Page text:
Now that I’m retired and have time to cook, I’ve been trying new recipes. These come from several sources
These sites let me save favorite recipes but some are my own because I’ve modified them or borrowed from several.
Luke, the Whole Foods cooking coach (that’s the title on his card), is a trained chef who periodically demonstrates food preparation. Each Saturday, he prepares a featured recipe in the store and has printed copies available for you to try. To save these, they have to be typed and kept somewhere.
Luke is a member of the Food 52 site and has a public recipe trove at the site that includes the recipes he demos. The recipes in this collection are the originals contributed by Luke or other Food52 subscribers and will not include any tinkering with the recipe that Luke did for the in-store presentation. To catch these tweaks, I’ve made my write-ups from Luke’s in-store handouts rather than from the Food52 originals.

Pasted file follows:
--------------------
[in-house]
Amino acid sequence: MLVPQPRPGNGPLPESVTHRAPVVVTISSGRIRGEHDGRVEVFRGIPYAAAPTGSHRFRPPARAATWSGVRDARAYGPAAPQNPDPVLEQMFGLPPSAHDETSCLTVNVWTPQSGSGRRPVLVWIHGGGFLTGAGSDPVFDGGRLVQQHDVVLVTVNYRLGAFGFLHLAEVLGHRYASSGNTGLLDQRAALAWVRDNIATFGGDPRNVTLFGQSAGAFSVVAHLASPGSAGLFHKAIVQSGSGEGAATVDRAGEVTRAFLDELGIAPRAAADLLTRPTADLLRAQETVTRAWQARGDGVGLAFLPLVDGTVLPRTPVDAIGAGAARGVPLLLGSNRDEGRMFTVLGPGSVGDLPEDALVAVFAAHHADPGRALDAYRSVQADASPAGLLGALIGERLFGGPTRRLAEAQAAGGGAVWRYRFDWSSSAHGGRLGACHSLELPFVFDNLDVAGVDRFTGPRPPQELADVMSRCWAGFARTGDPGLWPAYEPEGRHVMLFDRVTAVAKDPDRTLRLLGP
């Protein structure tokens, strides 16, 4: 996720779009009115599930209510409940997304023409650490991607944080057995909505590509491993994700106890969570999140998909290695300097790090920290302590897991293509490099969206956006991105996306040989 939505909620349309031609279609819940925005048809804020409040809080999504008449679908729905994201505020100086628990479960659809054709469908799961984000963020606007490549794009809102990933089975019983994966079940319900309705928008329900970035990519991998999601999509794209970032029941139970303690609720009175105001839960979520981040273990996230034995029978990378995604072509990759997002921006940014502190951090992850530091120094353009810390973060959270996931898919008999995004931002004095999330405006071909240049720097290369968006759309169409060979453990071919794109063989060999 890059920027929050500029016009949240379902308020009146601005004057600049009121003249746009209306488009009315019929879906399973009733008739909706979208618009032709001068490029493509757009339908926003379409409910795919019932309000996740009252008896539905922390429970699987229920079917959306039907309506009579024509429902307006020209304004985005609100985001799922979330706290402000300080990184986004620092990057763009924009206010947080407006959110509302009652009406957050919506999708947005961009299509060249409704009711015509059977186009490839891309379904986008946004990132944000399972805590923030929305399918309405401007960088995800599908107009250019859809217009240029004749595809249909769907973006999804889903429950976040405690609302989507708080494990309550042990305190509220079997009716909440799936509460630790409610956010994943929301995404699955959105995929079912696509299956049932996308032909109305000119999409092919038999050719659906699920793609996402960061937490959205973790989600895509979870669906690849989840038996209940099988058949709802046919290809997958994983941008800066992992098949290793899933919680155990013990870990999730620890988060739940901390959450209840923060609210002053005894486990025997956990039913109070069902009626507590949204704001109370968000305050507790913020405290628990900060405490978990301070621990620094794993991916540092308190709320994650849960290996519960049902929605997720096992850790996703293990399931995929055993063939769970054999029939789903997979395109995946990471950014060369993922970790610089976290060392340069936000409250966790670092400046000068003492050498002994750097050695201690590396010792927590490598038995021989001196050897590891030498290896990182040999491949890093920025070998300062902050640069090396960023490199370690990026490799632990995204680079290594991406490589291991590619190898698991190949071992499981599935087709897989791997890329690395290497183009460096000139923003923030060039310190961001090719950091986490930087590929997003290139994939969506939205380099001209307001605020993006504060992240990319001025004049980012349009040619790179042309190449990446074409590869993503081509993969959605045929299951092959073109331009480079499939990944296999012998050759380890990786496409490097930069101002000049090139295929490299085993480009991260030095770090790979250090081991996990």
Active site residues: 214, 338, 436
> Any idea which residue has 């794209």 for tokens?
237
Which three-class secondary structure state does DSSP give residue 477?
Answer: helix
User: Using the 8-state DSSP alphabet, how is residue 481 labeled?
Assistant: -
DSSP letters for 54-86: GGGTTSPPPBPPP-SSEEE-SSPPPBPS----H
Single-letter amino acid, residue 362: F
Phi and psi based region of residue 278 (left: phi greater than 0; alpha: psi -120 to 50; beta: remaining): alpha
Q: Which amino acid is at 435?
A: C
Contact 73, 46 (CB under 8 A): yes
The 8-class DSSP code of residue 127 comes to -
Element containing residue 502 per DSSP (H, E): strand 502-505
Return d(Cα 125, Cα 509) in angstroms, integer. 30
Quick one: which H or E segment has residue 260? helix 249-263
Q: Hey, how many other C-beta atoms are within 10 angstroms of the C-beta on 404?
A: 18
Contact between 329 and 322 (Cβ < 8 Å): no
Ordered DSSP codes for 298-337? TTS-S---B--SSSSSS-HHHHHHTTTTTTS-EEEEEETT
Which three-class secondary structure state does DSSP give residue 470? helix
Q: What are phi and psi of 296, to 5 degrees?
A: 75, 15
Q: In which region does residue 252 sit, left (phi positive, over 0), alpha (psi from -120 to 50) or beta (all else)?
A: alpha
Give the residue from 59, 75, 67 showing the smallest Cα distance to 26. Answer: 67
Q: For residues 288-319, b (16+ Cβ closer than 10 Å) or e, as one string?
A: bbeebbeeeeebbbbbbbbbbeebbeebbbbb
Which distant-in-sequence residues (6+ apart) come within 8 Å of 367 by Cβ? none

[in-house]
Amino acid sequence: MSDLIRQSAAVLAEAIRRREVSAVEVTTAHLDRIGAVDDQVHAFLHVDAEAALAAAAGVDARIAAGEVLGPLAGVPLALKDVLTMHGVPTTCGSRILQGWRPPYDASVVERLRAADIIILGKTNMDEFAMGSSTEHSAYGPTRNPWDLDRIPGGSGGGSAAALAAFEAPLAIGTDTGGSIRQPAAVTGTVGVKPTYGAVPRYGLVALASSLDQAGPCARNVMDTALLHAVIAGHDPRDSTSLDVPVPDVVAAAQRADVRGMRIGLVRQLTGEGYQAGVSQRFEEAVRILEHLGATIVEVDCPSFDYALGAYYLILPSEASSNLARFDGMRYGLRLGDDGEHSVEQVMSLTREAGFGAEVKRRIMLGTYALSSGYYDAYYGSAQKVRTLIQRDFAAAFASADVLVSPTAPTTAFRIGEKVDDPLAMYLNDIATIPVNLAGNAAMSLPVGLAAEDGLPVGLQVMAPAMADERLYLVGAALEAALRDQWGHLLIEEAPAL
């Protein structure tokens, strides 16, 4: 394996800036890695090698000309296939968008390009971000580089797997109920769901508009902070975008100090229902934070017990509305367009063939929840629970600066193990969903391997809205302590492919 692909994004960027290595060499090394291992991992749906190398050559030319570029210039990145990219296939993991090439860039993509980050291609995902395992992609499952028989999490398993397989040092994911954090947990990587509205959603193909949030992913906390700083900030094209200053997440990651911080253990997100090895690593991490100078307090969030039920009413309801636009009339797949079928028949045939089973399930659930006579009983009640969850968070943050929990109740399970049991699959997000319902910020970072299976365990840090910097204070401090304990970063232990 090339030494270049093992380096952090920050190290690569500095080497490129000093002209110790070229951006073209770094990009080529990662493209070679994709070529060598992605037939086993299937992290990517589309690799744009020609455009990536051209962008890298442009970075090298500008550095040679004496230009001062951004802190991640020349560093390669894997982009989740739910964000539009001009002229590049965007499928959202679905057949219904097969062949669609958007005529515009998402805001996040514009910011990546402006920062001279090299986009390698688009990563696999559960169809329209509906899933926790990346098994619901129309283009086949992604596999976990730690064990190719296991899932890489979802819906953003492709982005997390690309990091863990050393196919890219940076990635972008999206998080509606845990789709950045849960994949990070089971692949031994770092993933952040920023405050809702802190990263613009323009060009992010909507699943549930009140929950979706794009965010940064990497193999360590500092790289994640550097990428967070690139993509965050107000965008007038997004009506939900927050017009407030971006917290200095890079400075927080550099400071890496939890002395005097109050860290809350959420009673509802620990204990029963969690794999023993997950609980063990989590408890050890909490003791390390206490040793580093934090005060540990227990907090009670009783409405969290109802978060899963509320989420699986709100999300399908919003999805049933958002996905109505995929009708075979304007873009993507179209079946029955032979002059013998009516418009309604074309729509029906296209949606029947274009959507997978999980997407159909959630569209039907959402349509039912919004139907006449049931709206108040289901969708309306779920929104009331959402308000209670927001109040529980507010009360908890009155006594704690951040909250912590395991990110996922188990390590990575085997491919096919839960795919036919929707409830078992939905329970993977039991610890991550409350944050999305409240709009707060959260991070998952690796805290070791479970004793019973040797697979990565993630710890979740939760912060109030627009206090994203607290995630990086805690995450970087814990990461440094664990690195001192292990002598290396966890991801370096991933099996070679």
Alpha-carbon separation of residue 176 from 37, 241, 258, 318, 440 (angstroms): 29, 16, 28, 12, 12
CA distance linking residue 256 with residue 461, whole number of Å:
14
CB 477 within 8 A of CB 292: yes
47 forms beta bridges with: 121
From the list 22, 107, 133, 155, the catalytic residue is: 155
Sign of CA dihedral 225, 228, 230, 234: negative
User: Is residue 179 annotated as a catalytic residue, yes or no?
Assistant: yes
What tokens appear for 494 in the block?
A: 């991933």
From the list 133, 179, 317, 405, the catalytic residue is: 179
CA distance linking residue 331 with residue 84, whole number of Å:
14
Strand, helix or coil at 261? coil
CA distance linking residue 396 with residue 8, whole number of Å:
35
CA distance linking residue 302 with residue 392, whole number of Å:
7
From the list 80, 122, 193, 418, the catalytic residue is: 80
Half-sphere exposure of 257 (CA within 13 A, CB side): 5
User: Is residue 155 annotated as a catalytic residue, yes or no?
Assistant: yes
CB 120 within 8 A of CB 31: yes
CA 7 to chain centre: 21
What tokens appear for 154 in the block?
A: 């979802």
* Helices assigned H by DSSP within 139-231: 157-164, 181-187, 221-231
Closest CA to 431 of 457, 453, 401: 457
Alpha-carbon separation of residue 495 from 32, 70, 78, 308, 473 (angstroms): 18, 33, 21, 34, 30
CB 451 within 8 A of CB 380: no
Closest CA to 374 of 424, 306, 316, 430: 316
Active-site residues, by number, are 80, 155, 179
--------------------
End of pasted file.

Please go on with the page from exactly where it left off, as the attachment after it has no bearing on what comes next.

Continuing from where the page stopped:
The ingredient lists come from Luke’s handouts. I’ve revised the method based on my personal experience making the recipe and post preparation discussion with Luke about the results. I’ve tired to organize each recipe in a logical manner for beginning cooks and to explain the key steps to successfully reproducing and serving the dish. The times for steps like sauté can vary depending on the amount of material (just what is a medium onion?) and the amount of moisture content. So I try to describe the end state of the step. Continue the process until you reach that state. The time is only a guess (often not measured by the author of the original).
- Make a Crumble (12/3/2020)
- Southern Chicken Bog (2/14/2016)
- What the Hey Do You Do with Dried Beans? (1/19/2015)
- Bread by the numbers (1/28/2014)
- And The Priest Fainted Lentil Soup (1/21/2014)
- Hopped Up Hoppin’ John (12/25/2013)
- Yankee Greens (1/28/2012)